Before he became a world-class architect, Victor A. Lundy spent time on the front lines in France as part of the U.S. Army during World War II. After he was wounded in action, Lundy spent time drawing pencil sketches as he recovered. Other sketches he drew during training or as his unit waited for something to happen. Lundy said, “drawing is sort of synonymous with thinking.”
He drew depictions of the things he saw from his basic training at Fort Jackson up until his time in battle in France. In all, he created eight sketchbooks which he donated to the Library of Congress in 2009.
As of early 2017, Lundy is 92 and is part of the Greatest Generation that is rapidly disappearing. He leaves us a soldier’s legacy so we can learn from our history and vow never to repeat the mistakes of the past. These are some of Lundy’s most impressive sketches from a young man, who at 21, was thrust into the most important action of the war in 1944.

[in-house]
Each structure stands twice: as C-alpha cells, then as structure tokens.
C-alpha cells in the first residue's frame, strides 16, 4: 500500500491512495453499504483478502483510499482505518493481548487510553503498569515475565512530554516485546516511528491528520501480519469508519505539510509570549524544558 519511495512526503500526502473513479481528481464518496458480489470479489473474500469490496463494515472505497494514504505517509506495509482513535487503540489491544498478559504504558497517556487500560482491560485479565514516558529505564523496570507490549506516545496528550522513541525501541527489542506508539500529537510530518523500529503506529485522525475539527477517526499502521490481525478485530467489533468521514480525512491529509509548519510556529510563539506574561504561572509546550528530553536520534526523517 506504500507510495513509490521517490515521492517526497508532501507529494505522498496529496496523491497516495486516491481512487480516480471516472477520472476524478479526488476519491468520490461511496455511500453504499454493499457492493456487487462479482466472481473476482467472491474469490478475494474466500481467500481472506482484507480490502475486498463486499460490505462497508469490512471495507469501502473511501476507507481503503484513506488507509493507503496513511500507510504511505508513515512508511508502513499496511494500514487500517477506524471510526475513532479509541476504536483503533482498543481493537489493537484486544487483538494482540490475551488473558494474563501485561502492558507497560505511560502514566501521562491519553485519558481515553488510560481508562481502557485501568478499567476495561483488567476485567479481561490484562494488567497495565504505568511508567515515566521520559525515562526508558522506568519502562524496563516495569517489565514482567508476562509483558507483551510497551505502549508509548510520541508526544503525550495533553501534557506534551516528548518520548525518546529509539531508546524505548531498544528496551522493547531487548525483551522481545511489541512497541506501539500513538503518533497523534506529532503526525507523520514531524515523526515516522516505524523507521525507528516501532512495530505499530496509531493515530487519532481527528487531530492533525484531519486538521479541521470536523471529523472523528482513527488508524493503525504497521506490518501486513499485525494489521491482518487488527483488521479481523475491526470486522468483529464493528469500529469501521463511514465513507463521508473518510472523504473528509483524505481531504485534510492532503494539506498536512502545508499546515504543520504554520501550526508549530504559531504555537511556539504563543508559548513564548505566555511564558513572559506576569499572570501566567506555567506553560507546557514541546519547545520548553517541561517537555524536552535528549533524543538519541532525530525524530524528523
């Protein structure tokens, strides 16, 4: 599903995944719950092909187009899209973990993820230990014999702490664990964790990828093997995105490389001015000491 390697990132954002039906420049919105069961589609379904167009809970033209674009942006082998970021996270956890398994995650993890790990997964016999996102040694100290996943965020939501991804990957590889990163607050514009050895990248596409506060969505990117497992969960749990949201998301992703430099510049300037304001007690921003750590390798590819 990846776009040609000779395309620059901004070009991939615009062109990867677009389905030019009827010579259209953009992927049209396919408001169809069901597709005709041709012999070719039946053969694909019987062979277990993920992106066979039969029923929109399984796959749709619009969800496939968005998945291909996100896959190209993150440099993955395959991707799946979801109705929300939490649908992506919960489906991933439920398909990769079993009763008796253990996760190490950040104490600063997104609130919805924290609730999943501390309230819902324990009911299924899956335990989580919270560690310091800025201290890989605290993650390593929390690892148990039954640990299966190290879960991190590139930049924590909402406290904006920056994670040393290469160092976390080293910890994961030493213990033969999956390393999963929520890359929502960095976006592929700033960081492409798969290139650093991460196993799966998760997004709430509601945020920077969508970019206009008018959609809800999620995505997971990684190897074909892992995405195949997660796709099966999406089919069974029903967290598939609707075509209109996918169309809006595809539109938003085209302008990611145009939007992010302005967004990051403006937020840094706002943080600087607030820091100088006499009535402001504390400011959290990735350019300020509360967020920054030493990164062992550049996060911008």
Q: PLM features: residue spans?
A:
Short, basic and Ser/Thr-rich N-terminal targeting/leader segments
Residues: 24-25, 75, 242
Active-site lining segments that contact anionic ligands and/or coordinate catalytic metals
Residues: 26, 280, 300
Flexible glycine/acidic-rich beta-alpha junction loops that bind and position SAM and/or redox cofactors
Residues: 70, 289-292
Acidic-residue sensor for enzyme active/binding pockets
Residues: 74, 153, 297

Lundy called this sketch “Shep.” He saw this on D-Day, June 6, 1944. Shep was asleep during training at Fort Jackson in South Carolina. Lundy drew his pencil sketches on pages of spiral-bound notebooks just 3 inches by 5 inches, and they fit into the pockets of his uniform.
On a Reconnaissance Mission
The soldier remembered this scene on a reconnaissance mission as his unit waited for a commanding officer to arrive. You can see the sparse amount of cover Lundy’s men had along the French countryside in late October of 1944.
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This scene was part of Lundy’s training ahead of seeing action in France following the D-Day invasion. He dated this sketch May 12, 1944.
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